Thanks Al. It is always a sad day. I usually spend it alone because everyone is off celebrating with their dad. I prefer to be alone and reflect. Sometimes sadness and reflection is a good thing. I actually thought of you a lot yesterday – I was at the Brisbane Writers Festival for a little while and was chatting to the RWA, they were trying to tempt me into Romance Writing. Think I might just be a bit to angsty for that genre. xx

  16. Ali says:

    Oh Annie Tons of HUGS for you xxx

  17. Richard E says:

    “Did anyone cuddle me and sing soft lullabies with their lips resting gently on my head? Did anyone pace the floor holding me upright to stop the pain of my colic? “

    I cannot believe you used this type of emotive description in your blog,
    I cannot believe you don’t realise the personal humanity in all people.
    Life is not a “Bowl-of-peaches-and-cream,” nor none of us who truly
    have the courage to move forward with the sacrifices made, do know,
    “what could have happened,” and but try to maintain the strength to let
    the new be “the new.”

    I had a friend, housemate who was born in May 1963, his mother loved
    him dearly, he was a good man with a good heart, he was taken approx. 11 yrs
    ago in a most overwhelming series of events. I pray he is resting now. I too
    was born in 1963, a trifle earlier, and too was adopted out after two weeks.
    I do not know my mother nor father of my origin this life; so far only as much as
    my mother was an English nurse and my Father an Austrian engineer.

    My adoptive parents are greatly devoted still to our family and I was
    most fortunate in being “taken” by them. And thank the good grace
    of my mother’s strength to “give me-up”, and my father
    for the seed. I too have a younger sister – adopted, and born brother;
    this time, to my adoptive parents.

    My life is an utter melange, currently, there is months of work around
    the house, an endless living-sitch’ conundrum, rotting teeth,
    corn walloped feet, and a continual attempt to comfort the the little
    graces of worlds I truly haven’t the foggiest due to the smokescreens,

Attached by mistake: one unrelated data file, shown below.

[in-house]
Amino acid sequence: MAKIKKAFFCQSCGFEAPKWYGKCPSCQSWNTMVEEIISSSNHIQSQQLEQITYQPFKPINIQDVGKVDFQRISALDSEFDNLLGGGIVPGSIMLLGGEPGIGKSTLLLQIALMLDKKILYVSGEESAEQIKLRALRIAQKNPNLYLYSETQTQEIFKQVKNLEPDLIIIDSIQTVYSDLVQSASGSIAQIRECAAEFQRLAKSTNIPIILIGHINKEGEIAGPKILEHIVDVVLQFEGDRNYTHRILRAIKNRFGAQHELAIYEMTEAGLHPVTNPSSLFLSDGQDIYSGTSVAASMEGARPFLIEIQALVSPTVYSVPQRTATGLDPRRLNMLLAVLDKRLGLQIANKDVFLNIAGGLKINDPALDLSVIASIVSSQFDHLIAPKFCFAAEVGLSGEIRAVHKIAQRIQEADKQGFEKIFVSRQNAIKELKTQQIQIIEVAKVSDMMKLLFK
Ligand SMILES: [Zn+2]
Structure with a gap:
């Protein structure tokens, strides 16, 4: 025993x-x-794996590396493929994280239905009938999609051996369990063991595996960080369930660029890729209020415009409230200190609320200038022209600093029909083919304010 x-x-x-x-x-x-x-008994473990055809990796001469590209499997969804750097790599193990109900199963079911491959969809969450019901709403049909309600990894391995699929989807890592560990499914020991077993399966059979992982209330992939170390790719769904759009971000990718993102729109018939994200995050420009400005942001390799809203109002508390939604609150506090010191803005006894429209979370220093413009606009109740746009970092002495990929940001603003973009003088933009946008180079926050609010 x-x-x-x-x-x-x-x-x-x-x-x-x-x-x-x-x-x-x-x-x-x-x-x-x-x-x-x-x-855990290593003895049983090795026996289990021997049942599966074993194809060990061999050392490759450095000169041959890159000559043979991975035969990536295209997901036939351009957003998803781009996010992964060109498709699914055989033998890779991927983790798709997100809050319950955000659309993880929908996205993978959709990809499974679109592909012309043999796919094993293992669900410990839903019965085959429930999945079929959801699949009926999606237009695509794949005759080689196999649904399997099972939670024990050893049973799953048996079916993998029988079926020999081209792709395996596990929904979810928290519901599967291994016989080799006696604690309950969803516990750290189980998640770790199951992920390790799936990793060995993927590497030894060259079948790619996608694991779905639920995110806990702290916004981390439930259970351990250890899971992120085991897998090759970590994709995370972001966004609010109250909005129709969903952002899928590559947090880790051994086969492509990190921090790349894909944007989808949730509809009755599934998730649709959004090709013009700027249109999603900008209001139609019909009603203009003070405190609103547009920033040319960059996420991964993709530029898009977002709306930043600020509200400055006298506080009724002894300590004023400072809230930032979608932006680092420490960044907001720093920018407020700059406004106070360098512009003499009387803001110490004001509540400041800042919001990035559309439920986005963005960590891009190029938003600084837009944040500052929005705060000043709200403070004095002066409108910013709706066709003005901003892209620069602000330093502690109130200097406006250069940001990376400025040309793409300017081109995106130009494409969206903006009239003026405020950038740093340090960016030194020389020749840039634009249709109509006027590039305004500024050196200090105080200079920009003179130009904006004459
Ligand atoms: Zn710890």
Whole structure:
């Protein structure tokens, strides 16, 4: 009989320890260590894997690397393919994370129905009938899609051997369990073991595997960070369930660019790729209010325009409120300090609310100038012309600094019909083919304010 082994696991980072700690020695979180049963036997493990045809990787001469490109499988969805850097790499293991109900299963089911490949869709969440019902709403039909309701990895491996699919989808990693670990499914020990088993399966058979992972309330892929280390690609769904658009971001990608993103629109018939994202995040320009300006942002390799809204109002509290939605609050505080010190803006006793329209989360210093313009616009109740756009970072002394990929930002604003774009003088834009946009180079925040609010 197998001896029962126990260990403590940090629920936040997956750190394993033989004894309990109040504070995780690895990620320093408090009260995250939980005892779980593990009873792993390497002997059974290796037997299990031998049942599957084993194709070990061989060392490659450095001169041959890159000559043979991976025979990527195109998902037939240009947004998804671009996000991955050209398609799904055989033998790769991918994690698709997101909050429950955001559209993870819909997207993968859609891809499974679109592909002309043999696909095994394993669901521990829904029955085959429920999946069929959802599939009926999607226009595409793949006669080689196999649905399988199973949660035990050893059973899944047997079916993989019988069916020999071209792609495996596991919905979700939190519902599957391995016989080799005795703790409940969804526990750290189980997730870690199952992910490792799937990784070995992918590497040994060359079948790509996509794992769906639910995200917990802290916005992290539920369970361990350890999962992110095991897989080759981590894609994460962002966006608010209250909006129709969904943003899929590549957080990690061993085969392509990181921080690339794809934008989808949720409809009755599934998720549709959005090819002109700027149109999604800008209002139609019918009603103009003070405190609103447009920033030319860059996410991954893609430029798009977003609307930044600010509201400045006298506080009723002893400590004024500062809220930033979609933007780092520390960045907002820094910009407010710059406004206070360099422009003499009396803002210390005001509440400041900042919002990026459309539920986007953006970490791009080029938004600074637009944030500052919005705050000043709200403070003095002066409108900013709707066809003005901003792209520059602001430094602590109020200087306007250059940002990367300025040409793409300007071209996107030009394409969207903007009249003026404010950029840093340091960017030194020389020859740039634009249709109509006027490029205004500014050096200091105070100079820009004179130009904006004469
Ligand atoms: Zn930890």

id montages, and the strangest sense that people are seemingly
    afraid to learn… and I have to put the bins out tonight.. 🙂

    But truly, your Dad, whichever one, would be proud of you
    as “actions do speak louder than words,” and by the sounds,
    I wouldn’t know how you fit your day in 24 hrs …? 🙂

    It is perhaps by the acknowledgment we perhaps are grateful
    if only by the fact we still be able to continue on with hopefully
    the good sense seen and a better goal in focus?

    But Happy Father’s Day to my Dear ol’ Fa’ers where’st they be.
    And thank-you for your candidacy.


    • Annieb25 says:

      Um, thanks, I think. Perspectives are different depending on the type of adoptive family you have. If I was brought up in a loving family with good people, I may not have felt some of the angst I did & sometimes do. I’m really glad you had a good experience & I’m sorry to hear of your friend. I hope he is at peace too. x

  18. Shirley Gibney says:

    Hi Annie Wonderful and moving Having a natural father who failed me on the loving department(sex)was the only ‘love’ language I learned from my dad I can identify with your feelings Thankfully I found a faith that has been the anchor in my life Thank you for sharing your life Love Shirley

    • Annieb25 says:

      Beautiful Shirley. You are such a lovely lady and I’m so very glad that your faith has sustained you. Also you have a beautifully loving family of children that you have done a wonderful job raising. They are truly a credit to you. Thank you for reading my blog. xx

  19. I don’t usually get physically emotional from reading blog posts, but yours has really moved me. It’s the father/daughter relationship that gets me every time. I’m so incredibly sorry you never got to experience this, I really am. But as you say, you are who you are today because of the life you have lived.

    My dad and I share such a close bond, and we have always been known for this. It’s the kind of closeness that you see in sugary sweet movies, and the kind my friends wished they had with their own dads. Being the only girl I am still his little princess, even though I’m a grown woman with children of my own. Although it is only now that someone else is muscling in on my territory. She’s bewitched him, and has him wrapped around her little finger – my daughter, and his beautiful little granddaughter, Daisy.

    Big hugs to you, amazing woman xo

    • Annieb25 says:

      Thank you for sharing that. What a wonderful relationship to have. How beautiful that your dad can also have a bond with his grand daughter, the daughter of his princess. That warmed my heart. xxx

      • I just re-read my post and I hope I wasn’t insensitive to your feelings talking about my relationship with my dad – it wasn’t my intention at all. I know you know that, but just wanted to tell you anyway. I also should explain that my father had no loving childhood either (his mother died when he was a baby and his father showed no interest in his children), so he swore that it would be different with his own family – thus his exceptional skills as a loving and super attentive dad.